Another known system uses a manually adjustable in-car temperature selector for adjusting a temperature sensitive switch responsive to the evaporator temperature of the air conditioning refrigeration unit. An adjustable biasing element within the switch functions to establish an on-off duty cycle of operation for the refrigeration unit compressor by alternately energizing and de-energizing an electro-magnetic clutch connected between the compressor and the vehicle engine. The time that the clutch is energized for driving the compressor is determined by the switch biasing effect which urges the switch to a closed position and the temperature of the evaporator. This semi-automatic system was generally ineffective for automatically controlling the in-car temperature to a preselected value because the steady state temperature achieved in the car by this system was directly dependent upon intermittent manual adjustment by the operator.

SUMMARY OF THE INVENTION

The present invention provides an automatic temperature control system which automatically on-off cycles a clutch for connecting a vehicle engine and a refrigerant compressor of the vehicle cooling system unit. The control system includes an automatic temperature control (ATC) sensor which generates a pneumatic control signal in response to the ambient temperature exteriorly of the vehicle, the in-car temperature, and a desired temperature selected by the driven, known as a set-point temperature. The control signal, operates a vacuum motor having an output motion connected to the bias adjustment of a pressure responsive switch in a first embodiment of the invention, a temperature responsive switch in a second embodiment, or a pneumatically actuated switch in a third embodiment. The respective switch in each embodiment controls the energization of a clutch for drivingly connecting the vehicle engine to the refrigeration system compressor. The pressure and temperature responsive switches are connected, respectively, to the refrigerant line of the compressor and the exterior surface of the evaporator core through which the refrigerant circulates. A spring biasing arrangement is associated with the switches and functions to maintain the switch in a closed position within a preselected range of temperatures and in an open position at temperatures below the preselected range. The amount of time that the switch remains closed versus the amount of time the switch remains open is dependent upon the magnitude of the control signal from the automatic temperature control sensor.

At higher in-car and ambient temperatures, the on-off duty cycle of the compressor clutch is characterized by a greater percentage of "on" time versus "off" time while at lower in-car and ambient temperatures, the duty cycle is characterized by a greater percentage of "off" time versus "on" time. The invention control system thus provides a source of cold air only as needed to the vehicle passenger compartment, and also controls the amount of power needed by the refrigeration system when operating to cool the passenger compartment.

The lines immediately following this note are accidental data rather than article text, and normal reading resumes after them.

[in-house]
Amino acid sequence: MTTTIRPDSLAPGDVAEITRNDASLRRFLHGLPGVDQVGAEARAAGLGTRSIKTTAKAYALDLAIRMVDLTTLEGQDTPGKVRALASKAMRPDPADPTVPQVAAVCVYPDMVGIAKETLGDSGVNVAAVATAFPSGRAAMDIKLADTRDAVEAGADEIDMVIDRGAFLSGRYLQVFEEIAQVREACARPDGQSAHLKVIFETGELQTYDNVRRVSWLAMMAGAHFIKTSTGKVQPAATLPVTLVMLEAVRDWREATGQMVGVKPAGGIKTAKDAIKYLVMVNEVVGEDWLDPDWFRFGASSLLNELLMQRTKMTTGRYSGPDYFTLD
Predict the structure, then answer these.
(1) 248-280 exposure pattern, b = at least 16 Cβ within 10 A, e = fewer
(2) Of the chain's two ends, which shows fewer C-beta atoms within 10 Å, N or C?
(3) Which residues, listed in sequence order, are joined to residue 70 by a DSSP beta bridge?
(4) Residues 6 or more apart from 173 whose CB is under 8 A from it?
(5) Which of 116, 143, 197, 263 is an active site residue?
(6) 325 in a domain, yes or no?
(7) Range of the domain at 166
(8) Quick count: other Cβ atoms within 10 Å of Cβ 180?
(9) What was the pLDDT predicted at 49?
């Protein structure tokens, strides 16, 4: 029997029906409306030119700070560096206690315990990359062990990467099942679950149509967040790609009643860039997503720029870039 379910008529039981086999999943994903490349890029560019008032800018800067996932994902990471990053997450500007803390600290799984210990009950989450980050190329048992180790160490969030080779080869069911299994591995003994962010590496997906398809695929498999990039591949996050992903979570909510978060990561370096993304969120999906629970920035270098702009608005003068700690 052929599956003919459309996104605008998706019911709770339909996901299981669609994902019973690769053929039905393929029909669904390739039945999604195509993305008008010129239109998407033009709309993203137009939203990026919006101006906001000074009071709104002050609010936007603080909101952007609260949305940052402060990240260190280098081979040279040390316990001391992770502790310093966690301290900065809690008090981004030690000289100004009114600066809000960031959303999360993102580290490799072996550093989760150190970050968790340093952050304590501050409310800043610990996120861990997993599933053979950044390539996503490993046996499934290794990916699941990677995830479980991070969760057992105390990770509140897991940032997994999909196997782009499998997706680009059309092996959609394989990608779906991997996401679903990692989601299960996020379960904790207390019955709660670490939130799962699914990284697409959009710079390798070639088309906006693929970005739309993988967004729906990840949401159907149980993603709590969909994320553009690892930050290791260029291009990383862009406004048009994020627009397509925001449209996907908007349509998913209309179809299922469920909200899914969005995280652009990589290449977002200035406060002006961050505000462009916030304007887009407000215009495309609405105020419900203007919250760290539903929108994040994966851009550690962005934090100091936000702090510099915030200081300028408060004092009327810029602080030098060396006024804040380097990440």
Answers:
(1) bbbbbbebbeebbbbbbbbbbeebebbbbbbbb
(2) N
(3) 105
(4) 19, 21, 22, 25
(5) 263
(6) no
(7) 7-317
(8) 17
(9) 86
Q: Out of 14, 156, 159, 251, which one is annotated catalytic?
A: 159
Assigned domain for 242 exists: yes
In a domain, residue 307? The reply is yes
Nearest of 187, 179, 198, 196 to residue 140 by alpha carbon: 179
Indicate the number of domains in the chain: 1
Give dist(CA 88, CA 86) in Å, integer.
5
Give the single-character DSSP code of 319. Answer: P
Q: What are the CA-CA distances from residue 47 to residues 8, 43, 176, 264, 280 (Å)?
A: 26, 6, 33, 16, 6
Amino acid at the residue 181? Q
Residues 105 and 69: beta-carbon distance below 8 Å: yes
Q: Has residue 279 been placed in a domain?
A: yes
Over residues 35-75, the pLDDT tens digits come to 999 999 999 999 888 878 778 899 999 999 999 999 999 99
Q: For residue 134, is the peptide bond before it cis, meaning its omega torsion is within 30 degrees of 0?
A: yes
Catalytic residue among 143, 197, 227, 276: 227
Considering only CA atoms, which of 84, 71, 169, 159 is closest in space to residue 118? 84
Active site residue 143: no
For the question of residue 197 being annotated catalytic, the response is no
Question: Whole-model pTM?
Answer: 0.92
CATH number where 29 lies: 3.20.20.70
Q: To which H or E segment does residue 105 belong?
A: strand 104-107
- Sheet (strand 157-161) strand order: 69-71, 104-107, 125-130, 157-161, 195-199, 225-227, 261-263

The invention also provides a means for disengaging the clutch during periods of relatively high engine acceleration in order that full engine power is available for accelerating the vehicle.

It is an object of the present invention to provide an automatic temperature control system which is intermittently energized by cycling a clutch drivingly connecting the vehicle engine and the compressor of the refrigeration unit in order to confine power usage to the compressor only during intervals when the in-car temperature exceeds an operator selected set-point temperature.

It is another object of the invention to provide a temperature control system which de-energizes the refrigeration unit compressor during periods of vehicle acceleration in order that full engine power is available for vehicle acceleration.

It is a further object of the invention to provide a temperature control system which automatically shuts off the compressor clutch as the refrigerant evaporator temperature falls below 32 degrees Fahrenheit thereby preventing evaporator "freeze up" and blockage of air flow to the passenger compartment.

BRIEF DESCRIPTION OF THE DRAWINGS

FIG. 1 is a diagrammatic representation of a first embodiment of the invention control system having a refrigerant pressure responsive switch controlling the compressor clutch;

FIG. 2 is a diagrammatic representation of a second embodiment of the invention similar to FIG. 1 having a thermally responsive switch controlling the compressor clutch;

FIG. 3 is a diagrammatic representation of a third embodiment of the invention wherein a vacuum switch controlled by an automatic temperature control sensor controls the compressor clutch duty cycle;

FIG. 4 is a graph of discharge air temperature to the passenger compartment versus ambient or outside air showing a temperature zone of operation for the air conditioner compressor, the temperature range at which heated air is modulated with outside or recirculated air, and two plots superimposed on the discharge temperature line showing the on/off duty cycle duration versus time at two temperature positions.

FIG. 5 is a cross-sectional view of a known automatic temperature control sensor having a set point temperature selector and a pneumatic modulating valve for generating an output control signal;